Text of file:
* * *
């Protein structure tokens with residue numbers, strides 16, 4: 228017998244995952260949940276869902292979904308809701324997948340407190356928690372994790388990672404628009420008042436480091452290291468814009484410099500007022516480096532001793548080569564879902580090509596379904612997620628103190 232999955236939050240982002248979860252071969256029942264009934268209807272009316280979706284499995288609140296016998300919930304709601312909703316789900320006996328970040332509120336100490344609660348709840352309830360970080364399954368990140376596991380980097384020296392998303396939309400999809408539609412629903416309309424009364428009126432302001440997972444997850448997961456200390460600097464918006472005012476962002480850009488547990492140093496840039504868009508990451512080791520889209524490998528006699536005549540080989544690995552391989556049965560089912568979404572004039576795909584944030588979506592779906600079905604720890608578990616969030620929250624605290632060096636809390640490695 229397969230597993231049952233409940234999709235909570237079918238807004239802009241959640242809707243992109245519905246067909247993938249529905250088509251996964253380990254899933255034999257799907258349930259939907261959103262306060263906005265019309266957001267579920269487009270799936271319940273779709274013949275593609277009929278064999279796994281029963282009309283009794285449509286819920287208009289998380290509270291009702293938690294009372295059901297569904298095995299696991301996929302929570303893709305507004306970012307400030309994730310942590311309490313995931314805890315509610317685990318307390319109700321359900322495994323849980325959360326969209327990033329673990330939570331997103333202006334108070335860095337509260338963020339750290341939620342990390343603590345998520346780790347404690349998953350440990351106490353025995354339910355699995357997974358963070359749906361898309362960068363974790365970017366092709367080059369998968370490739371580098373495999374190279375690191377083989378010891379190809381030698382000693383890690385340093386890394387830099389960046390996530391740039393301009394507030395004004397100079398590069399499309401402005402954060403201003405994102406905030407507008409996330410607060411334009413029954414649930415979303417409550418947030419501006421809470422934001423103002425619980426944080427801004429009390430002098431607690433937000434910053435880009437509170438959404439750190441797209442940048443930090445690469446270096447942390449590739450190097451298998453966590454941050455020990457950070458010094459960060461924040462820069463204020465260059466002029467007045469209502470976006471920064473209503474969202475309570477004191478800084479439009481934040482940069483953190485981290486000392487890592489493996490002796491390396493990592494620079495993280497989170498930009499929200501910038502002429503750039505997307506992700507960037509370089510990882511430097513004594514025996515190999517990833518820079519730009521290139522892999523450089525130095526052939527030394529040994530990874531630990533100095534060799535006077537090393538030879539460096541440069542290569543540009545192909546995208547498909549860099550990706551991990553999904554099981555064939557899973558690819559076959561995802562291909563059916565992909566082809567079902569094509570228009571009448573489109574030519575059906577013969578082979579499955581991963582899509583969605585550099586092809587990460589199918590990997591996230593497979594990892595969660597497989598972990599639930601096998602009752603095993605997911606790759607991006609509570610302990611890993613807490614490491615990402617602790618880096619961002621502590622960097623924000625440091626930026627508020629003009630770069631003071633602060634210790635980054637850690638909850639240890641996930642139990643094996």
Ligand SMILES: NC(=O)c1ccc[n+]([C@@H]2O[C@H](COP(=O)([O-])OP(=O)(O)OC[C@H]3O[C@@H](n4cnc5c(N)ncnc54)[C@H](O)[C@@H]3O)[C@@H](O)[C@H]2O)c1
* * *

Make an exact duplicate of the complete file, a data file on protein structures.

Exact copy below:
């Protein structure tokens with residue numbers, strides 16, 4: 228017998244995952260949940276869902292979904308809701324997948340407190356928690372994790388990672404628009420008042436480091452290291468814009484410099500007022516480096532001793548080569564879902580090509596379904612997620628103190 232999955236939050240982002248979860252071969256029942264009934268209807272009316280979706284499995288609140296016998300919930304709601312909703316789900320006996328970040332509120336100490344609660348709840352309830360970080364399954368990140376596991380980097384020296392998303396939309400999809408539609412629903416309309424009364428009126432302001440997972444997850448997961456200390460600097464918006472005012476962002480850009488547990492140093496840039504868009508990451512080791520889209524490998528006699536005549540080989544690995552391989556049965560089912568979404572004039576795909584944030588979506592779906600079905604720890608578990616969030620929250624605290632060096636809390640490695 229397969230597993231049952233409940234999709235909570237079918238807004239802009241959640242809707243992109245519905246067909247993938249529905250088509251996964253380990254899933255034999257799907258349930259939907261959103262306060263906005265019309266957001267579920269487009270799936271319940273779709274013949275593609277009929278064999279796994281029963282009309283009794285449509286819920287208009289998380290509270291009702293938690294009372295059901297569904298095995299696991301996929302929570303893709305507004306970012307400030309994730310942590311309490313995931314805890315509610317685990318307390319109700321359900322495994323849980325959360326969209327990033329673990330939570331997103333202006334108070335860095337509260338963020339750290341939620342990390343603590345998520346780790347404690349998953350440990351106490353025995354339910355699995357997974358963070359749906361898309362960068363974790365970017366092709367080059369998968370490739371580098373495999374190279375690191377083989378010891379190809381030698382000693383890690385340093386890394387830099389960046390996530391740039393301009394507030395004004397100079398590069399499309401402005402954060403201003405994102406905030407507008409996330410607060411334009413029954414649930415979303417409550418947030419501006421809470422934001423103002425619980426944080427801004429009390430002098431607690433937000434910053435880009437509170438959404439750190441797209442940048443930090445690469446270096447942390449590739450190097451298998453966590454941050455020990457950070458010094459960060461924040462820069463204020465260059466002029467007045469209502470976006471920064473209503474969202475309570477004191478800084479439009481934040482940069483953190485981290486000392487890592489493996490002796491390396493990592494620079495993280497989170498930009499929200501910038502002429503750039505997307506992700507960037509370089510990882511430097513004594514025996515190999517990833518820079519730009521290139522892999523450089525130095526052939527030394529040994530990874531630990533100095534060799535006077537090393538030879539460096541440069542290569543540009545192909546995208547498909549860099550990706551991990553999904554099981555064939557899973558690819559076959561995802562291909563059916565992909566082809567079902569094509570228009571009448573489109574030519575059906577013969578082979579499955581991963582899509583969605585550099586092809587990460589199918590990997591996230593497979594990892595969660597497989598972990599639930601096998602009752603095993605997911606790759607991006609509570610302990611890993613807490614490491615990402617602790618880096619961002621502590622960097623924000625440091626930026627508020629003009630770069631003071633602060634210790635980054637850690638909850639240890641996930642139990643094996």
Ligand SMILES: NC(=O)c1ccc[n+]([C@@H]2O[C@H](COP(=O)([O-])OP(=O)(O)OC[C@H]3O[C@@H](n4cnc5c(N)ncnc54)[C@H](O)[C@@H]3O)[C@@H](O)[C@H]2O)c1